Some Benefit With Entyvio for Arthritis in Crohn’s

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Some Benefit With Entyvio for Arthritis in Crohn’s

People with Crohn’s disease who take the medication vedolizumab (Entyvio) might not only treat their Crohn’s-specific symptoms but also garner joint health benefits.

Treatment with vedolizumab (Entyvio) among patients with Crohn’s disease may be associated with some benefits for the disease’s extraintestinal manifestations, although statistically significant differences compared with placebo were not seen in a post hoc analysis.

By week 52, the hazard ratio for resolution of any extraintestinal manifestation on the Crohn’s disease Activity Index was 1.4 (95% CI 0.7-2.79), according to David T. Rubin, MD, of the University of Chicago Inflammatory Bowel Disease Center.

And the HR for the resolution of arthritis or arthralgia by week 52 was 1.84 (95% CI 0.91-3.71), he reported in a poster session at the Advances in Inflammatory Bowel Diseases meeting here.

“Although this post hoc analysis did not show statistically a significant benefit of vedolizumab over the placebo for the resolution of estraintestinal manifestations in Crohn’s disease, favorable trends were observed,” Rubin and colleagues stated.

Almost one-third of patients with Crohn’s disease develop extraintestinal manifestations, which can involve almost any organ system. These manifestations may not necessarily occur at the same time as intestinal inflammation and related symptoms, and little is known about the effects of treatment on them.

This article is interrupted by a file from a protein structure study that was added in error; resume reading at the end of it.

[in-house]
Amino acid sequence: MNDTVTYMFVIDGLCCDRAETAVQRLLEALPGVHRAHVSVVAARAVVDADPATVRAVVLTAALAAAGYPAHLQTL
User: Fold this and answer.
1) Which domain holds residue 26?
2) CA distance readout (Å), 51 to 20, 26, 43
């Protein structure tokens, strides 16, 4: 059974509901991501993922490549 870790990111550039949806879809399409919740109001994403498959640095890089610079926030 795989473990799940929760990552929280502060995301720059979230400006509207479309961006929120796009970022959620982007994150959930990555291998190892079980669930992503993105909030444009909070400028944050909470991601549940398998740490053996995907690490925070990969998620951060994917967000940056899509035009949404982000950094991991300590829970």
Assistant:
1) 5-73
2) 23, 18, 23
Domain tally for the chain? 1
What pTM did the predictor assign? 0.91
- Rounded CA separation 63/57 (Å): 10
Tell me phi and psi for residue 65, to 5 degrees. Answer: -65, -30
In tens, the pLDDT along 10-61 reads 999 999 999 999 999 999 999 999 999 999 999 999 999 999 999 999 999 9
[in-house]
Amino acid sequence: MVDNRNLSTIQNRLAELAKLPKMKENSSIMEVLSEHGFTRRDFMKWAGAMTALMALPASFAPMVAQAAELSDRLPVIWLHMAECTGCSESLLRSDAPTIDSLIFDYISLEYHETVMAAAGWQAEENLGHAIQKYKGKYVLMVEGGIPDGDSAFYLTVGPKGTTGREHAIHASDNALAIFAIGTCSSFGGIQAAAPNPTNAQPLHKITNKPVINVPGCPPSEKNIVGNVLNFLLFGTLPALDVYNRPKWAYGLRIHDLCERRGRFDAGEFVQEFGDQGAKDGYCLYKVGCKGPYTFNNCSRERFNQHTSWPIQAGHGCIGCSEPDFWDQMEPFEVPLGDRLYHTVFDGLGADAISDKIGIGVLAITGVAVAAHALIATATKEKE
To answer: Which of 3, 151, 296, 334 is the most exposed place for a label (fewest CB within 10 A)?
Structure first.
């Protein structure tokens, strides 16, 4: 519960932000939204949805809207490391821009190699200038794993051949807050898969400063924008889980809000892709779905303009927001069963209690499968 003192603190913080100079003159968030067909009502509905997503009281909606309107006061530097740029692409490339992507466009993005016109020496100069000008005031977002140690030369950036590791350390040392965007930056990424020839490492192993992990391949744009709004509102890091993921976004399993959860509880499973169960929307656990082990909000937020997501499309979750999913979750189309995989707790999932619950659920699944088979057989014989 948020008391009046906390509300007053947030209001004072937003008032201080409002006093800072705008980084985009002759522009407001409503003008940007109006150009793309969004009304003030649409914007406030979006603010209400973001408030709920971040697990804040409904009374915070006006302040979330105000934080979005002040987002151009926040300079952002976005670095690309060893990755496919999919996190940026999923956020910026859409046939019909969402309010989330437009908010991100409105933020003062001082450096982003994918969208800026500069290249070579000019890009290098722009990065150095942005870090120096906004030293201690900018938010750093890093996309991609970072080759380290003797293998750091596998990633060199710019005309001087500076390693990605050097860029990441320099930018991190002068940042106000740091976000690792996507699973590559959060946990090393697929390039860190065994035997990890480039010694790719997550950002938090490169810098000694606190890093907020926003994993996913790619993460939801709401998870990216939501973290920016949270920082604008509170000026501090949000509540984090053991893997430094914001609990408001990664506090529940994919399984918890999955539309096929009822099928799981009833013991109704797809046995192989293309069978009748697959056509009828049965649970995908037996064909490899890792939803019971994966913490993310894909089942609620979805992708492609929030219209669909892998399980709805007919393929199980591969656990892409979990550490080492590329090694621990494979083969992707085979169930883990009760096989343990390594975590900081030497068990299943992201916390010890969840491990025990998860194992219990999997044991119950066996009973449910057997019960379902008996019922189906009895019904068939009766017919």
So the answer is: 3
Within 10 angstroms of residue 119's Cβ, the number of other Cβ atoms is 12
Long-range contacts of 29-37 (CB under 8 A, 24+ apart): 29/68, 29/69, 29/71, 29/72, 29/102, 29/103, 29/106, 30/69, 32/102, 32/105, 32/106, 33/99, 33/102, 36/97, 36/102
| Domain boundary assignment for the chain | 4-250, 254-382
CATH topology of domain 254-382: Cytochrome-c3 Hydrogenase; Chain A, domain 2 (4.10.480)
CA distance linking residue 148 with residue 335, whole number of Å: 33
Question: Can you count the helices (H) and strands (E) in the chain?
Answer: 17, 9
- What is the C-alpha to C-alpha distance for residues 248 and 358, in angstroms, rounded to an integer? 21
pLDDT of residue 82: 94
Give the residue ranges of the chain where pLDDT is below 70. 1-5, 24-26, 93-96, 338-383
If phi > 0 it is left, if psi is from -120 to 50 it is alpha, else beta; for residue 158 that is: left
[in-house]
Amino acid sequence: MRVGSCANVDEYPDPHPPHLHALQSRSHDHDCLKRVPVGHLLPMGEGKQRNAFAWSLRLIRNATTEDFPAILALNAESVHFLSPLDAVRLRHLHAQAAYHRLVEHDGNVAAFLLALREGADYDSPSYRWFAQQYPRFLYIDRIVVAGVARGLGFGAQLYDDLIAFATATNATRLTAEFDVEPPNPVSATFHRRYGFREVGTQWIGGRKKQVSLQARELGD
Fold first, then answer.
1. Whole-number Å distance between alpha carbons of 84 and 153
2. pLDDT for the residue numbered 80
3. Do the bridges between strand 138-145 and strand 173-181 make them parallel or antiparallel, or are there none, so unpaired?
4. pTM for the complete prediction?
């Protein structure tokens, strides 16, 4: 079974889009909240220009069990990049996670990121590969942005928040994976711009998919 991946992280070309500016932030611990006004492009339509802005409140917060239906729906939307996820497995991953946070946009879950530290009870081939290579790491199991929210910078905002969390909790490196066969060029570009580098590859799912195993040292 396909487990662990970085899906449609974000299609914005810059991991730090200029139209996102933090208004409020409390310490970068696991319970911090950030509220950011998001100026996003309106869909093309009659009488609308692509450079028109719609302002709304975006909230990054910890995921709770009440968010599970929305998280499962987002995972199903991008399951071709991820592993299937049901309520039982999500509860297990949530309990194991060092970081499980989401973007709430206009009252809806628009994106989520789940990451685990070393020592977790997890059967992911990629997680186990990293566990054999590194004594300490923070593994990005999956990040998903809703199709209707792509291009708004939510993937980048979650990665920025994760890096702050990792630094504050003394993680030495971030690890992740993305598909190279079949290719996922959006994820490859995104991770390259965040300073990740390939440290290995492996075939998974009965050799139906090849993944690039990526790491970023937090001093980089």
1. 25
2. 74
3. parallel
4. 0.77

The study known as GEMINI 2 found the gut-selective α4β7 integrin receptor antagonist vedolizumab to be more effective than placebo for inducing remission in patients with active Crohn’s disease. The study included 814 patients who were randomized to vedolizumab and 148 who received placebo.

At baseline, 61% of patients in the active treatment group had any extraintestinal manifestation, as did 72% of the placebo group. In the two groups, 82% and 83% had a history of any extraintestinal manifestation.

Arthritis was the most common manifestation, being present in 45% of the vedolizumab group and 53% of the placebo group. Other manifestations included fevers, iritis or uveitis, erythema nodosum, pyoderma gangrenosus, and abscesses.

Because of the frequency of arthritis/arthralgias at baseline, the investigators also looked at treatment-emergent adverse events related to the musculoskeletal and connective tissue organ system.
In the vedolizumab group, 28% of patients had treatment-emergent events relating to this organ system during the 52 weeks of the study, as did 30% of the placebo group. In 7% of cases in both groups, the adverse event was considered treatment related.

Treatment-emergent arthritis was seen in 3% of the vedolizumab group and in 6% of the placebo group, and in most cases this was mild.
For treatment-emergent arthralgias, the numbers again were similar in the two groups, occurring in 14% of the vedolizumab group and 13% of the placebo group.

Other adverse events in the musculoskeletal and connective tissue system, including arthropathy, spondyloarthropathy, sacroiliitis, and ankylosing spondylitis occurred in fewer than 1% of patients receiving the active treatment.

Read Full Article: Some Benefit With Entyvio for Arthritis in Crohn’s | Medpage Today

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